The Count Alessandro di Cagliostro (1743-1795) is a fascinating historical figure. An occultist, a Freemason, an accomplished charlatan, a swindler and adventurer, he was certainly no count and was probably born Giuseppe Balsamo. His colourful life naturally attracted the attention of writers of fiction. Alexandre Dumas, père featured Cagliostro in two of his novels in the 1840s and the 1949 Italian-US movie Black Magic takes Dumas’ stories as its starting point.
Cagliostro’s involvement in the Affair of the Diamond Necklace, a scandal which did much to damage the reputation of Queen Marie Antoinette and to set the stage for the French Revolution, provides the main thrust of Charles Bennett’s screenplay. The movie plays fast and loose with history although not having read Dumas’ novel I can’t say whether the historical inaccuracies were the fault of Dumas or Bennett.
The movie begins with the execution of two gypsies for sorcery. Their son Joseph Balsamo witnesses their executions and is flogged. He was sentenced to be blinded as well but is rescued by the gypsies. Balsamo grows up determined to exact vengeance from the Viscount de Montagne, the man who ordered his parents’ execution.
Grown to manhood, Balsamo (Orson Welles) makes his living as a carnival illusionist and purveyor of patent medicines. Balsamo’s ability to convince a woman who is in great pain that she is actually experiencing no pain at all attracts the attention of Franz Anton Mesmer, the scientist who was the first to describe the the phenomenon of hypnosis (which he called animal magnetism). Mesmer realises that Balsamo has an extraordinary natural gift that could make him a great healer. Balsamo is more interested in using his gift to turn a profit for himself.
Before long Balsamo has metamorphosed into the Count di Cagliostro and has used his abilities to gain fame and fortune. A chance encounter with a young woman named Lorenza (Nancy Guild) will have fateful consequences. Lorenza just happens to be the spitting image of the Princess Marie Antoinette and this resemblance has attracted the notice of none other than Cagliostro’s old enemy the Viscount de Montagne who is involved in an elaborate plot with King Louis XV’s official mistress Madame du Barry (Margot Grahame) to discredit Marie Antoinette. Cagliostro senses the opportunity to enrich himself and to gain his revenge on the Viscount de Montagne. What he hasn’t counted on is falling in love with Lorenza, a love which becomes an obsession and a love which the lady most emphatically does not reciprocate.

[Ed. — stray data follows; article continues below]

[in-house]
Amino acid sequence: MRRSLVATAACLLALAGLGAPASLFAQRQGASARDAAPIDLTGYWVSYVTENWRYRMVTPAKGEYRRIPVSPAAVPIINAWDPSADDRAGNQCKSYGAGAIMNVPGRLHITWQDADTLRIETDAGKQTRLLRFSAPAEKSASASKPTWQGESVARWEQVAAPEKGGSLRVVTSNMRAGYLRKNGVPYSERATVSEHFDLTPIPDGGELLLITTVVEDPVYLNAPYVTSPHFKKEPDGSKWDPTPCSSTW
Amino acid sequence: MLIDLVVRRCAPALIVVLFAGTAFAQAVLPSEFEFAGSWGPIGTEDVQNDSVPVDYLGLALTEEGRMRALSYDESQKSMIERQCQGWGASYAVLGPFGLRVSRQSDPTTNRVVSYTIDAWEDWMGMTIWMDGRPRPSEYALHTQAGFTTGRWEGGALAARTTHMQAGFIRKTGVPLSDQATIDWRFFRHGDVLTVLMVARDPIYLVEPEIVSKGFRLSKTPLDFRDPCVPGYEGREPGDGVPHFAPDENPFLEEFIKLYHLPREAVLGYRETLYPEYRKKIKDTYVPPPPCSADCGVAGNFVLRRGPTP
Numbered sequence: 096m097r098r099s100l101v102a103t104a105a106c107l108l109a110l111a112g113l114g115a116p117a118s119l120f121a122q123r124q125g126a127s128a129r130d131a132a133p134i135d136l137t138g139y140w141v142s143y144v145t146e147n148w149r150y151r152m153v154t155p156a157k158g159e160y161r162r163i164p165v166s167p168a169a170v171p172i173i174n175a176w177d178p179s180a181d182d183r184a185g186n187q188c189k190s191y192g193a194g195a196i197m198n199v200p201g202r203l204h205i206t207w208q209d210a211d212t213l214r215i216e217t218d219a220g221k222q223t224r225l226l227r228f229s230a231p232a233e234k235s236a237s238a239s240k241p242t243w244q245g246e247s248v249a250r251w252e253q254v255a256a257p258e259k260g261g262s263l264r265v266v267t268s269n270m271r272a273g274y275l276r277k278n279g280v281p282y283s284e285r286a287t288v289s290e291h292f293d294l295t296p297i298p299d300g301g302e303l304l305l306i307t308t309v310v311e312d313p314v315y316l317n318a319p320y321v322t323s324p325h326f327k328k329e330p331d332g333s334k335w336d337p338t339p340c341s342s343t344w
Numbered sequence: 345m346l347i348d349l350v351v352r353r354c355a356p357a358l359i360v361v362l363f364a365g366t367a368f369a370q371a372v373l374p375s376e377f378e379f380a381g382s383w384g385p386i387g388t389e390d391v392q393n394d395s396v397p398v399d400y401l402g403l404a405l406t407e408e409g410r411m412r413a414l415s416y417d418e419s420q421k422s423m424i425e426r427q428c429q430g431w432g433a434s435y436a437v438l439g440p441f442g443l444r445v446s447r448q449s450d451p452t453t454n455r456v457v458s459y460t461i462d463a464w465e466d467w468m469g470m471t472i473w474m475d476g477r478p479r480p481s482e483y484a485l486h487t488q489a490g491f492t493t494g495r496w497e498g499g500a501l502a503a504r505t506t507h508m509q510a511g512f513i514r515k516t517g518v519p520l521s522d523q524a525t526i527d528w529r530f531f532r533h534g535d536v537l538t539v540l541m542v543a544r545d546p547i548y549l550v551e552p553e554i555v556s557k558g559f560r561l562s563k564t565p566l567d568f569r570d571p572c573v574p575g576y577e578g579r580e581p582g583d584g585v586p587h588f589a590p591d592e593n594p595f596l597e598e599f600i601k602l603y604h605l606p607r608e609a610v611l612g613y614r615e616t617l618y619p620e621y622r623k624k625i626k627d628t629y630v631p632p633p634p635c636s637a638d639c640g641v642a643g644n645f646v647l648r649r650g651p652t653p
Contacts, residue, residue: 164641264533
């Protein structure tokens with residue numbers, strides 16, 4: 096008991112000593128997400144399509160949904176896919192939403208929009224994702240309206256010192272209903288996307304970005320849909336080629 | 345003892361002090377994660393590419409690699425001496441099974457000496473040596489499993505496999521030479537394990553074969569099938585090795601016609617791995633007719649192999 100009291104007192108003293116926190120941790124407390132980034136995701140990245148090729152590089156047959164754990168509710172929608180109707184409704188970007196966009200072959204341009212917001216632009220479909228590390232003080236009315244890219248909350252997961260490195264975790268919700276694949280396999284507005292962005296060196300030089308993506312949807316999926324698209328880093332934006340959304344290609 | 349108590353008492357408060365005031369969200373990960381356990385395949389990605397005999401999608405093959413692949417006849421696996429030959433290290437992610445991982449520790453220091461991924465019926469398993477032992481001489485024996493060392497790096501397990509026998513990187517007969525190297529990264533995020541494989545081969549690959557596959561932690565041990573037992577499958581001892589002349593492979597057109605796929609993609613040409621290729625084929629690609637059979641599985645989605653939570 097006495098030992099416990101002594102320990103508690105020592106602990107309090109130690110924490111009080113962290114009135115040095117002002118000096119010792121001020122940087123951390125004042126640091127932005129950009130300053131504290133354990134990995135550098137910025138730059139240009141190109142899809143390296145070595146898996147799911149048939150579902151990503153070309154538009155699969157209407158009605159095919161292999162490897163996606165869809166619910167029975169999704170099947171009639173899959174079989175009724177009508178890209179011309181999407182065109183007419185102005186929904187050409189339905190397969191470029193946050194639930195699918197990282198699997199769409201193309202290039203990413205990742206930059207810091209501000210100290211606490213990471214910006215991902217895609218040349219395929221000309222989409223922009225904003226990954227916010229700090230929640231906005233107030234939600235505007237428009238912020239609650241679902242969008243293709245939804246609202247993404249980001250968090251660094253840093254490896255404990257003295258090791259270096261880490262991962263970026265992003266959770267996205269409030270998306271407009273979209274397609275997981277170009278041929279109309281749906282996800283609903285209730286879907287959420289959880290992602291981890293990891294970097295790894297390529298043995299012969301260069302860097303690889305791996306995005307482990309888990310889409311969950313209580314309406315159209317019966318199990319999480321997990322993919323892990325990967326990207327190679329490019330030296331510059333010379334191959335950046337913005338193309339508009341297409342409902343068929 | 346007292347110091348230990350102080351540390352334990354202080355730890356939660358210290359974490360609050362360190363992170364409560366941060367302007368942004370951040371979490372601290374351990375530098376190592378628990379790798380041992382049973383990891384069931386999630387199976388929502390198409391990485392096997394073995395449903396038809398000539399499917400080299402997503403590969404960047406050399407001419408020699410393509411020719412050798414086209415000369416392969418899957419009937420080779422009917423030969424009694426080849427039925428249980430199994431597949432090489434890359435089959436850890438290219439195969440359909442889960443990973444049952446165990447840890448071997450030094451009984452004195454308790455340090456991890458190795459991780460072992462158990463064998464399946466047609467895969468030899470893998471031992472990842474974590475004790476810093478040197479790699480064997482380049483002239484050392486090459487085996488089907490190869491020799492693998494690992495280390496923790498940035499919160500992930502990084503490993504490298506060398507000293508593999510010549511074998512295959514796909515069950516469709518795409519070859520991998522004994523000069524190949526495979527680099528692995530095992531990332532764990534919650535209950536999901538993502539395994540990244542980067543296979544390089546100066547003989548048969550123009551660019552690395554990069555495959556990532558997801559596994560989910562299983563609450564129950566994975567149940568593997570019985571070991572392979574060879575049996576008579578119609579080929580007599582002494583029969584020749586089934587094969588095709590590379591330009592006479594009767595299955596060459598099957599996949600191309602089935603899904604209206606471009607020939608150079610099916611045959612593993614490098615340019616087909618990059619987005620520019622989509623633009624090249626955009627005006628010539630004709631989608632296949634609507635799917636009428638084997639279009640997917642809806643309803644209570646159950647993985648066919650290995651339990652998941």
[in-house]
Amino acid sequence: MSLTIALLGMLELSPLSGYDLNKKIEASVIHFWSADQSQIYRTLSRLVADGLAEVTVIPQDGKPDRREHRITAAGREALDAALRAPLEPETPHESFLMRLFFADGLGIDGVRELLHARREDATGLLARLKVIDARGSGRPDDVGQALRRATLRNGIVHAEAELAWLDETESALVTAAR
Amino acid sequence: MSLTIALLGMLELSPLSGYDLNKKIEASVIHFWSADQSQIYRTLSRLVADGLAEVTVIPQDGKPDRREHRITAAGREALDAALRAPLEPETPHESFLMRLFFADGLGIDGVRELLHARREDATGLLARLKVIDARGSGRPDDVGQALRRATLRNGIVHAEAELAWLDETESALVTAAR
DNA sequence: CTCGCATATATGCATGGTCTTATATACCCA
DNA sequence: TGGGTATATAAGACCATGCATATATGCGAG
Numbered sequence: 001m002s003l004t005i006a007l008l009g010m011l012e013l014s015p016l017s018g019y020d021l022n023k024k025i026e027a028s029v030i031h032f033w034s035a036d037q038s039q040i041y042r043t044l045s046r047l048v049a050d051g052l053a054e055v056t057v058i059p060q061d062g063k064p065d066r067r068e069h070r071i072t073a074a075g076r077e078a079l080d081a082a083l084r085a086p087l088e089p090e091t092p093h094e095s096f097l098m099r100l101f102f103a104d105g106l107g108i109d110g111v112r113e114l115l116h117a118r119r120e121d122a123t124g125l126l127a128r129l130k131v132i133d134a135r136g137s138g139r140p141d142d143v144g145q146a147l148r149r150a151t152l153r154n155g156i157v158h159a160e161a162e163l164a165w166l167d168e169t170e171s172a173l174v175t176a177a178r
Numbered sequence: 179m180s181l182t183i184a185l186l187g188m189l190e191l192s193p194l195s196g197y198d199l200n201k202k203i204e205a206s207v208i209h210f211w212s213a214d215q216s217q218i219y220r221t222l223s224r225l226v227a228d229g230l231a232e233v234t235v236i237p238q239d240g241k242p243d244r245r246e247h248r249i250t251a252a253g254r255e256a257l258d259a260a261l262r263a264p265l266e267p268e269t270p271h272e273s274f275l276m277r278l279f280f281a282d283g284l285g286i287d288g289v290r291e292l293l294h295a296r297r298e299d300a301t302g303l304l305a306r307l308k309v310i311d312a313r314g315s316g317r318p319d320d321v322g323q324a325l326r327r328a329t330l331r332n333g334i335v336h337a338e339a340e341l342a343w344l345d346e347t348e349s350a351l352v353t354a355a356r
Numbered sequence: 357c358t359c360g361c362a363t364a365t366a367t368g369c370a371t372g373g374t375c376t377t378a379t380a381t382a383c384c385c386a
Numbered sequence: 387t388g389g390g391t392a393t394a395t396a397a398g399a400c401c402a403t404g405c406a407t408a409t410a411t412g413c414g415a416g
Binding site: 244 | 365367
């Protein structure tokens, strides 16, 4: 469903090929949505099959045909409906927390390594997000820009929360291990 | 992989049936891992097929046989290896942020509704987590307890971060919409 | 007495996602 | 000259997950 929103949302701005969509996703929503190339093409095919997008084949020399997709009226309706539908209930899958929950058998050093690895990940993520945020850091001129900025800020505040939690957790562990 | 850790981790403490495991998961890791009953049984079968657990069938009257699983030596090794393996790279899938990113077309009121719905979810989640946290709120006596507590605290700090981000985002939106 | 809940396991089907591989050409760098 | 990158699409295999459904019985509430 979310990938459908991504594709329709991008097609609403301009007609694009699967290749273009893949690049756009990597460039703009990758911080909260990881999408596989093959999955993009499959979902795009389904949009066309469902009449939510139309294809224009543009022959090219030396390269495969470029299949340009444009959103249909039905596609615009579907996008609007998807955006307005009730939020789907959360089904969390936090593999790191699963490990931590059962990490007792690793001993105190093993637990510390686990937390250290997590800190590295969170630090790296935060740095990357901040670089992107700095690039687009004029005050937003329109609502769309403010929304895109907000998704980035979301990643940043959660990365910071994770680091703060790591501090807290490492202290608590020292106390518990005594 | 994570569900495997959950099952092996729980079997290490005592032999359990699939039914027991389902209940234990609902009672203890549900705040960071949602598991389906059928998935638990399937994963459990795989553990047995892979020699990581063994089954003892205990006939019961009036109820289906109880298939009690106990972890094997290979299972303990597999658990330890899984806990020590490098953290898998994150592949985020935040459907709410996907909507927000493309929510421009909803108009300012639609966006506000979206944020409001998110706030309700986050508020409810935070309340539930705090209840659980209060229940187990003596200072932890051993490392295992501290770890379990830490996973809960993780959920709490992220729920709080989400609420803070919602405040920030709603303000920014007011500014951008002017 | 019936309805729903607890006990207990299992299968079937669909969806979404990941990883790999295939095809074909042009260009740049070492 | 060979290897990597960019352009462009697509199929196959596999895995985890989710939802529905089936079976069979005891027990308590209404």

Cagliostro’s plottings rely on his ability to bend people to his will. Mesmer’s theories of animal magnetism were rather more occult than the modern science of hypnosis and the movie credits Cagliostro with powers that are closer to outright mind control than to modern notions of hypnosis. Cagliostro can force people to do just about anything, even things they very much do not wish to do.
It’s all very melodramatic and far-fetched but then the career of the real life Cagliostro was very melodramatic and far-fetched. Producer-director Gregory Ratoff handles the material with a certain amount of panache. This is one of the many movies in which Orson Welles is not credited as director but probably did have a hand in the directing and some of the more over-the-top sequences do seem to have a certain Wellesian touch to them.
The movie’s biggest asset though is Welles as actor, delivering a typically bravura performance that is enough to compensate for the movie’s occasional false steps. Nancy Guild was a competent actress but playing dual roles in a movie like this was probably a little outside of her range. She’s actually quite good as Marie Antoinette but as Lorenza she seems rather unsure of herself. In fairness to her the part of Lorenza is badly underwritten and would have given any actress very little to work with.
Akim Tamiroff has fun as Gitano, Cagliostro’s faithful gypsy side-kick. Valentina Cortese goes nicely over-the-top as Zoraida, the gypsy woman who loves Cagliostro.
The best scene in the movie has Cagliostro very cleverly turning the tables on a cable of doctors trying to discredit him.
There’s also a scene in which Cagliostro fires at least three shots from a single-shot pistol without reloading and then tells his adversary he still has one bullet left. Now that’s real magic.
This was probably not a very big-budget movie but it certainly looks lavish with some magnificent sets and some stunning costumes.
The Region 1 DVD from Henstooth Video is slightly problematical. There’s quite a bit of print damage although fortunately none it very serious and some scenes do look a bit washed-out. On the whole it’s an acceptable if less than stellar transfer but perhaps a little overpriced for what is clearly an unrestored print.
Black Magic is silly spirited fun and Orson Welles as Cagliostro is more than sufficient reason for seeing this movie. Recommended.